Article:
This just was not Jo Konta’s day.
As Angelique Kerber, the Australian Open champion, Wimbledon finalist and No2 seed here, was hitting an irresistible rhythm on a playing area big enough to land a helicopter on, the British No1 fell to earth in two one-sided sets, one win short of contesting a medal at her first Olympics. The German kept her shape as wind whistled around the cavernous Centre Court arena – where in the previous match, Andy Murray had to battle for two hours to subdue Fabio Fognini – and was well worth the 6-1, 6-2 winning margin. Konta did not surrender, by any means, but her normally solid ground strokes and reliable serve went missing as she struggled to put a clean racket on Kerber’s consistently deep replies. Mistakes were inevitable on both sides of the net in such demanding conditions but three double faults and 43 unforced errors in just over an hour’s tennis made Konta’s task impossible. It wasn’t as if she was not trying. Yet she hit 18 clean winners to her opponent’s seven, but was taking way more chances.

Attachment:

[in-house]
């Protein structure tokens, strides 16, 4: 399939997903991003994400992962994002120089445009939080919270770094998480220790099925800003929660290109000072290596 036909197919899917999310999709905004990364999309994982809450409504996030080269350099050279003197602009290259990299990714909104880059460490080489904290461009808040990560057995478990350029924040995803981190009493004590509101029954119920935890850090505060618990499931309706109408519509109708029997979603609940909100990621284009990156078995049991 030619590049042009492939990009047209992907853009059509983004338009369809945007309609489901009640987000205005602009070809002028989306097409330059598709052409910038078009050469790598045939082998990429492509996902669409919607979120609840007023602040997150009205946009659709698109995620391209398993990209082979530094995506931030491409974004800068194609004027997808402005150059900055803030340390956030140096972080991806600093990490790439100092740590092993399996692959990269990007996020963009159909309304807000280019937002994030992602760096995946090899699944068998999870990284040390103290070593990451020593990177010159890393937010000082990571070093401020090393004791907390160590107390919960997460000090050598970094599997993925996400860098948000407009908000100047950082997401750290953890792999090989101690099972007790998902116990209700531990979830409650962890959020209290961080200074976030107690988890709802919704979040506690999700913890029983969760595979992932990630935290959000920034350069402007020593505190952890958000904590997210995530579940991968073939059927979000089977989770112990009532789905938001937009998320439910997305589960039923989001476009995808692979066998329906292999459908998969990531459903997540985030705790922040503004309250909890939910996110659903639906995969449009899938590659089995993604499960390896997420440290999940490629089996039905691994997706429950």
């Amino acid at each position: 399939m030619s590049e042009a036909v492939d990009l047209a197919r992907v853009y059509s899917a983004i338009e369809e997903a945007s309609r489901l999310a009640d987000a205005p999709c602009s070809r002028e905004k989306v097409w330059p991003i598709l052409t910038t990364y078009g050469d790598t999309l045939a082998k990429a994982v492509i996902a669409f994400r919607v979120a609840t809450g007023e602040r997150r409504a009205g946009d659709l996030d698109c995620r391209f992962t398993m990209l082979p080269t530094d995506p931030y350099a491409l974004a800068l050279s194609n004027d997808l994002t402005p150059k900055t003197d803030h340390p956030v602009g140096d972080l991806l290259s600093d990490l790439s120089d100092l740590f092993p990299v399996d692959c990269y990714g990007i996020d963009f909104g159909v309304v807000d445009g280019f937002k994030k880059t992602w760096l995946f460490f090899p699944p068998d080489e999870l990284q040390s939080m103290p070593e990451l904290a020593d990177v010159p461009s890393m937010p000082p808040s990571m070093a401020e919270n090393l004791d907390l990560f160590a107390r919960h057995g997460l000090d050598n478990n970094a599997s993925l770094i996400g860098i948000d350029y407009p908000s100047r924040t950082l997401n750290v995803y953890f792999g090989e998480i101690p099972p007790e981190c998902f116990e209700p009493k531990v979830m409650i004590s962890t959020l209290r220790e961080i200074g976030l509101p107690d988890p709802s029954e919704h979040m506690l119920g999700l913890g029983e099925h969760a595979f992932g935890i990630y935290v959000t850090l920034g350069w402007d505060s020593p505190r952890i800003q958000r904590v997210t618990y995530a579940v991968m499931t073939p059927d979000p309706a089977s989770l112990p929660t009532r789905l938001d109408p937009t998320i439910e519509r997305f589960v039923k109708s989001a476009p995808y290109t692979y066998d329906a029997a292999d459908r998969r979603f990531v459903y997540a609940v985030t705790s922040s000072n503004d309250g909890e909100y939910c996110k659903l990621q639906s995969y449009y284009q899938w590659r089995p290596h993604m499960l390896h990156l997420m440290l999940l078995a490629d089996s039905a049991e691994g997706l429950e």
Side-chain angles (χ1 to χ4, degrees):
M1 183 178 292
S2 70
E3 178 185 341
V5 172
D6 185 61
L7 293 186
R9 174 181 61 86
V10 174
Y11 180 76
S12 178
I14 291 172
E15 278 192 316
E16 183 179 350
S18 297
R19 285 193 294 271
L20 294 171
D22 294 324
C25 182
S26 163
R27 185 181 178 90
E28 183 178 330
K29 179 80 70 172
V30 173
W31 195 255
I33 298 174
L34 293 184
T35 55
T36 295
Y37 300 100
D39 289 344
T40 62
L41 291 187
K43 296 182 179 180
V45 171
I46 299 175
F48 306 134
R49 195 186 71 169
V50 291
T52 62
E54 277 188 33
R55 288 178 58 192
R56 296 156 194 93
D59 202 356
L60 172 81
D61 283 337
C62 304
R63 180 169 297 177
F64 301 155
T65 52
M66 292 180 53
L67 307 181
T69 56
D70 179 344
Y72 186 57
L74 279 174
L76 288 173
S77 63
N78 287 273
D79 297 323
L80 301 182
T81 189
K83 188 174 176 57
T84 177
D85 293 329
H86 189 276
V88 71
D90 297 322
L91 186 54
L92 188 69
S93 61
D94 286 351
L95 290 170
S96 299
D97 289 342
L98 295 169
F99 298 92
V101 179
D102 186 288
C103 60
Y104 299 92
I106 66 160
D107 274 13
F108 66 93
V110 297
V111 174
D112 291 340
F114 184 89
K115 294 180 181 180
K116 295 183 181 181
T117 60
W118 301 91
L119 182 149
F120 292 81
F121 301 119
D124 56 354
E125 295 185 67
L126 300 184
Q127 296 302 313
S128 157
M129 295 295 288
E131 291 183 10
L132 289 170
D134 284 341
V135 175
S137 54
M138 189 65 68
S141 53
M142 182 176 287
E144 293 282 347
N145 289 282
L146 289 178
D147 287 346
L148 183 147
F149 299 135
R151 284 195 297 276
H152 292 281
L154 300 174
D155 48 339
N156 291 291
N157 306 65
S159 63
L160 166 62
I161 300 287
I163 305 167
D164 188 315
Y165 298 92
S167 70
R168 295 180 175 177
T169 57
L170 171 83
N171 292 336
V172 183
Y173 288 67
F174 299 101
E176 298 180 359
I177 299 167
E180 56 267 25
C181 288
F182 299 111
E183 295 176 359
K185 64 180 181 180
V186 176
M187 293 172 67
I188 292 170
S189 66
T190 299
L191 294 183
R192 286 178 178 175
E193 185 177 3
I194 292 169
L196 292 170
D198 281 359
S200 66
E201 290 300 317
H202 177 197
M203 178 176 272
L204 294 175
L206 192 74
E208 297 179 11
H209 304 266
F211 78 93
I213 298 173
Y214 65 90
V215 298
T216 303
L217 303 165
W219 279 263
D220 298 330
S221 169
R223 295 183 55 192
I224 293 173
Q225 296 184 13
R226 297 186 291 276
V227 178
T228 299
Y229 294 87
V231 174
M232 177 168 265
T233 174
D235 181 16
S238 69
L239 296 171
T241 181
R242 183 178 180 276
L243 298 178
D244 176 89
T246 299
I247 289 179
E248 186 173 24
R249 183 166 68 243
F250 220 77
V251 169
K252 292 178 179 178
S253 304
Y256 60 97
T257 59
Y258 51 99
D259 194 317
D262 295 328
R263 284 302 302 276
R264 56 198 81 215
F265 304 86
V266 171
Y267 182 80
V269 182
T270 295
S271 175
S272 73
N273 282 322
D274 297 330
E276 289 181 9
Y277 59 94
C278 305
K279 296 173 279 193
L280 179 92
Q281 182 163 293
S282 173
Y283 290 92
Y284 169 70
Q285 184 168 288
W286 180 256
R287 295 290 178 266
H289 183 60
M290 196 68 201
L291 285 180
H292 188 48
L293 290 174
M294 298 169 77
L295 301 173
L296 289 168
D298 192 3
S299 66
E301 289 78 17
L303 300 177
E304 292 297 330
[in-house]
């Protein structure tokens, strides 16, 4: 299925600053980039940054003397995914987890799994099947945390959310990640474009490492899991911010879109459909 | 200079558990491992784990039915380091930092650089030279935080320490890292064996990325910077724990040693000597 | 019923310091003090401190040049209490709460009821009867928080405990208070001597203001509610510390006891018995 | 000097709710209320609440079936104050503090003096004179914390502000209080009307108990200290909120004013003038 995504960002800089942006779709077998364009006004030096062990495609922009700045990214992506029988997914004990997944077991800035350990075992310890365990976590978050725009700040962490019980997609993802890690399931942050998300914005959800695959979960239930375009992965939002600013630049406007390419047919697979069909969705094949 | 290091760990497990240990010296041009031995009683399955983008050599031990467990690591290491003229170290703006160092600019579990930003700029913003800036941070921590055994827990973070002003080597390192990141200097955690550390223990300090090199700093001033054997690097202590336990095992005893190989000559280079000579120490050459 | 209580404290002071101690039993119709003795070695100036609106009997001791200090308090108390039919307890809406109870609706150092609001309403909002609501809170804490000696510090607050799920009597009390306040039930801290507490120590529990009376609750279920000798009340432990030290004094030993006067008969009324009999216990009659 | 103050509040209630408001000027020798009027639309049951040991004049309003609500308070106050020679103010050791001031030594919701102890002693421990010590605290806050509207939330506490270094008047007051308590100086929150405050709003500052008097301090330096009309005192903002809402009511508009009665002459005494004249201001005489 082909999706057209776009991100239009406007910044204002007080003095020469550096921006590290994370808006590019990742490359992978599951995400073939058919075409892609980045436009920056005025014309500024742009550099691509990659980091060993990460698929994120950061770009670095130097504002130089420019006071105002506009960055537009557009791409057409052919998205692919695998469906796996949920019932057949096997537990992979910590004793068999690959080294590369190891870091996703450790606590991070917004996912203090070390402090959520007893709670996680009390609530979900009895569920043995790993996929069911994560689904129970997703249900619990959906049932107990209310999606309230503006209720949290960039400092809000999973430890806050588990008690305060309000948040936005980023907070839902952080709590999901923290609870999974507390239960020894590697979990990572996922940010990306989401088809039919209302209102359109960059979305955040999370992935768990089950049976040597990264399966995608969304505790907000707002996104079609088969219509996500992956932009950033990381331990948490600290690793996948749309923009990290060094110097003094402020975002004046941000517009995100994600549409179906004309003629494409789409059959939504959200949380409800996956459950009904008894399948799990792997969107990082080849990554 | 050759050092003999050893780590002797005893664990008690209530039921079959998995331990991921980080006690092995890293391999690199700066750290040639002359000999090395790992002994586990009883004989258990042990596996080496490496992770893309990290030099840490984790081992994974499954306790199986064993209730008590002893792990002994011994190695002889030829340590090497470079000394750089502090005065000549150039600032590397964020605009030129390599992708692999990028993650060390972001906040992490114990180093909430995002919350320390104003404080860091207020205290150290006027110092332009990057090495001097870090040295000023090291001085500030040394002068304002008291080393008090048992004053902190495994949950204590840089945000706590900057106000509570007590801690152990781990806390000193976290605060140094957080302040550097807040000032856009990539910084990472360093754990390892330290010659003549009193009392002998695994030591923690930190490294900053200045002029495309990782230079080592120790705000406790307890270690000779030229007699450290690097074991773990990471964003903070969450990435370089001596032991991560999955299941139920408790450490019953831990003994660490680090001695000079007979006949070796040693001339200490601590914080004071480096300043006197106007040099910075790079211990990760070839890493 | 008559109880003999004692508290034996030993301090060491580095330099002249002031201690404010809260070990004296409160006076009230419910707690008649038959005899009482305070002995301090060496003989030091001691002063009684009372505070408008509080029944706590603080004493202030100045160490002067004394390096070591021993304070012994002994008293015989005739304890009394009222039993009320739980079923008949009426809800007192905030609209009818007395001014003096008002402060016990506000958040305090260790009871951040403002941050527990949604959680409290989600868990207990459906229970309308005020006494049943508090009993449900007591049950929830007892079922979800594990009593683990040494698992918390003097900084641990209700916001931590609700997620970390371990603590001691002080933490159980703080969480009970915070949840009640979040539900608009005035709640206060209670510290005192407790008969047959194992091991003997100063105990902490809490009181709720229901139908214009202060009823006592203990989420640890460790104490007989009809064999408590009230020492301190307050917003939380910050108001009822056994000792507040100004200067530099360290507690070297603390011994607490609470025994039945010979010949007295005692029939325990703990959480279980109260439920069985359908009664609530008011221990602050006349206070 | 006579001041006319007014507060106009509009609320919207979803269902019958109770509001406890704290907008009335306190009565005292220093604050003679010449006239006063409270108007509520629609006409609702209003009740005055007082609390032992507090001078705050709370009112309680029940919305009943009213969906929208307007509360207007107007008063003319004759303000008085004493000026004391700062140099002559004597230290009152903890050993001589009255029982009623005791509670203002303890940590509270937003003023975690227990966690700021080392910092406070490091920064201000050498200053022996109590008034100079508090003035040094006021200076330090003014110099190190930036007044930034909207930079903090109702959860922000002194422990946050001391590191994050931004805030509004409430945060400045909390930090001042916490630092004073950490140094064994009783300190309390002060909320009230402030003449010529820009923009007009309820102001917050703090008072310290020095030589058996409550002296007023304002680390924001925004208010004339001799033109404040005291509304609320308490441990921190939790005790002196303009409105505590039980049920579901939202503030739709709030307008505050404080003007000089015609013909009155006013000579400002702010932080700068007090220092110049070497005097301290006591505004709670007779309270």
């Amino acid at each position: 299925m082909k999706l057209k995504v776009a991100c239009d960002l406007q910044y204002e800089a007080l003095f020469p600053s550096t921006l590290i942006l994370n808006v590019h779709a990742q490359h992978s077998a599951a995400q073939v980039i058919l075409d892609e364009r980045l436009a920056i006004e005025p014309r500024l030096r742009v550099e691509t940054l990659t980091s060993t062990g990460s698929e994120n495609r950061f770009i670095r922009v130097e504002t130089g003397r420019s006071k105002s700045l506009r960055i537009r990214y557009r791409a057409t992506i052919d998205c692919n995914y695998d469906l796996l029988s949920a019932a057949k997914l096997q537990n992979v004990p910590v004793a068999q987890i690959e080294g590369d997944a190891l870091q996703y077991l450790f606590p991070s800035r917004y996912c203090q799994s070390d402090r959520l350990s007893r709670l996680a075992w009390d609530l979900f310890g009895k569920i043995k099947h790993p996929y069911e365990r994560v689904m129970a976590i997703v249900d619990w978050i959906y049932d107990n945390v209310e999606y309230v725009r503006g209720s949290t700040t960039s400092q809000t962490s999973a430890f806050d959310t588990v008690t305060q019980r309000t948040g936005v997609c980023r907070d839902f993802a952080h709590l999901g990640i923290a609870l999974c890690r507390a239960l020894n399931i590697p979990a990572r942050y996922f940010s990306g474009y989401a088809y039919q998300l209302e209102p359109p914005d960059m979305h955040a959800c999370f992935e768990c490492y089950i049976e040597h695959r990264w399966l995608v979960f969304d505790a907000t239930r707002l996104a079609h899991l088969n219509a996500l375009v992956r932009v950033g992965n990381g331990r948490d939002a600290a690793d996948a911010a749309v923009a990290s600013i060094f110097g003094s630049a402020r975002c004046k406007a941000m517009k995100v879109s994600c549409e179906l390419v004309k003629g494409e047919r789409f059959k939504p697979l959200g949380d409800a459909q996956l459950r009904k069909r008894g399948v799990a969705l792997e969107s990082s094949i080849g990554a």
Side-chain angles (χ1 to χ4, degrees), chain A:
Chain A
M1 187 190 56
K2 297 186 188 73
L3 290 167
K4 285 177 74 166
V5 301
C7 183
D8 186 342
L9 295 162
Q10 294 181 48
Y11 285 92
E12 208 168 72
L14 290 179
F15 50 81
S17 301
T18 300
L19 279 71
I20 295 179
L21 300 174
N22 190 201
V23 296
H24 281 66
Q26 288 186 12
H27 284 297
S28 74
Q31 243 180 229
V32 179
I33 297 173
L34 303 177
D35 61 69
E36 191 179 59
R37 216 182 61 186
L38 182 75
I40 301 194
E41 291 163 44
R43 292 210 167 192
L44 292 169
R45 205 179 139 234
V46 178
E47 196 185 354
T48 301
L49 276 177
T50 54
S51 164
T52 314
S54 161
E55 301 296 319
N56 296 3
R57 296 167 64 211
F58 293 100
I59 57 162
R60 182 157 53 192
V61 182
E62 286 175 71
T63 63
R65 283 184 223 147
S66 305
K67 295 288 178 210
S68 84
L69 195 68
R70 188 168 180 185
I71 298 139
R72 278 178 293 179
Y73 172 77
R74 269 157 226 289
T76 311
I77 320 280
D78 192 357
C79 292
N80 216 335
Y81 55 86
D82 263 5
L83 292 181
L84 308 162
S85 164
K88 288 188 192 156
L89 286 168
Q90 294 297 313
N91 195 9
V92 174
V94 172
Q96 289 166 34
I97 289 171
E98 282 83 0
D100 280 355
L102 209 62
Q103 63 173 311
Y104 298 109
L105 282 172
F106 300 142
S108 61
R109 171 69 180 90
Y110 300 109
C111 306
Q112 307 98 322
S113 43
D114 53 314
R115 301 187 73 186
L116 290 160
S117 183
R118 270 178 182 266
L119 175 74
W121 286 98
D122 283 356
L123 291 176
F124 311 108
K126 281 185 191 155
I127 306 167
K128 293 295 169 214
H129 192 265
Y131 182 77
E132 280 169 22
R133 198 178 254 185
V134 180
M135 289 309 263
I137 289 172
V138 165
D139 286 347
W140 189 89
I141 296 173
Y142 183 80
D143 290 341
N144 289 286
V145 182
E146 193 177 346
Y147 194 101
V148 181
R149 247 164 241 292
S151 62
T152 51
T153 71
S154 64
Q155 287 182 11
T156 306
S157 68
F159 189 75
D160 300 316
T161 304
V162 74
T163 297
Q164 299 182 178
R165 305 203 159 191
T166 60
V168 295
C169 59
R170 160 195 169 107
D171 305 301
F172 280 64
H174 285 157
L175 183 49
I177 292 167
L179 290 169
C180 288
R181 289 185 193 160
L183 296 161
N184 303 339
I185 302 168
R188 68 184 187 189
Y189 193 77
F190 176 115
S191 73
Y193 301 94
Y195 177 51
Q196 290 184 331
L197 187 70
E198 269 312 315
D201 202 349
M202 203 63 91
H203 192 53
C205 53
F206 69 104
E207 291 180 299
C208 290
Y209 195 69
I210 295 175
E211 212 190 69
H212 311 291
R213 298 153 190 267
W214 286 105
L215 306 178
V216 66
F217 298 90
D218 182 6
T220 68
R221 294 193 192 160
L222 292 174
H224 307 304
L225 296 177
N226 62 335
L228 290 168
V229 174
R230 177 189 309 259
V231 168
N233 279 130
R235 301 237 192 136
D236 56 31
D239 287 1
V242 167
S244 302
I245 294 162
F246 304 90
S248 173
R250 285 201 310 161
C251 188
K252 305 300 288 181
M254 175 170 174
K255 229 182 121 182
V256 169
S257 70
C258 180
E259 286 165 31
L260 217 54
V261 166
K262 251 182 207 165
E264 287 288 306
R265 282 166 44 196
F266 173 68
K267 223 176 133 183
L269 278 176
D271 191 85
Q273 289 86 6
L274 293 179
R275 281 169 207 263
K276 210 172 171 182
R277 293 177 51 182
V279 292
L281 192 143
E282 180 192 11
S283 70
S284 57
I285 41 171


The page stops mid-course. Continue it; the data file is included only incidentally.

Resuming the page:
Kerber, meanwhile, played a tighter, safer game. She landed 84% of her first serves on a day when serving was a liability, hitting a relatively modest high of 156kph, and she consolidated her reputation as a fierce last-ball competitor, hunting down every chance.
In the semi-finals, Kerber plays the seventh seed Madison Keys, who spent a mere 53 minutes disposing of the Russian Daria Kasatkina 6-3, 6-1. Keys served big (six aces and three double faults) and hit big off the ground, with 30 clean winners. She will be tough – although she did struggle over three tight sets against France’s Kristina Mladen ovic, then was much improved in three sets against ninth seed Carla Suárez Navarro.
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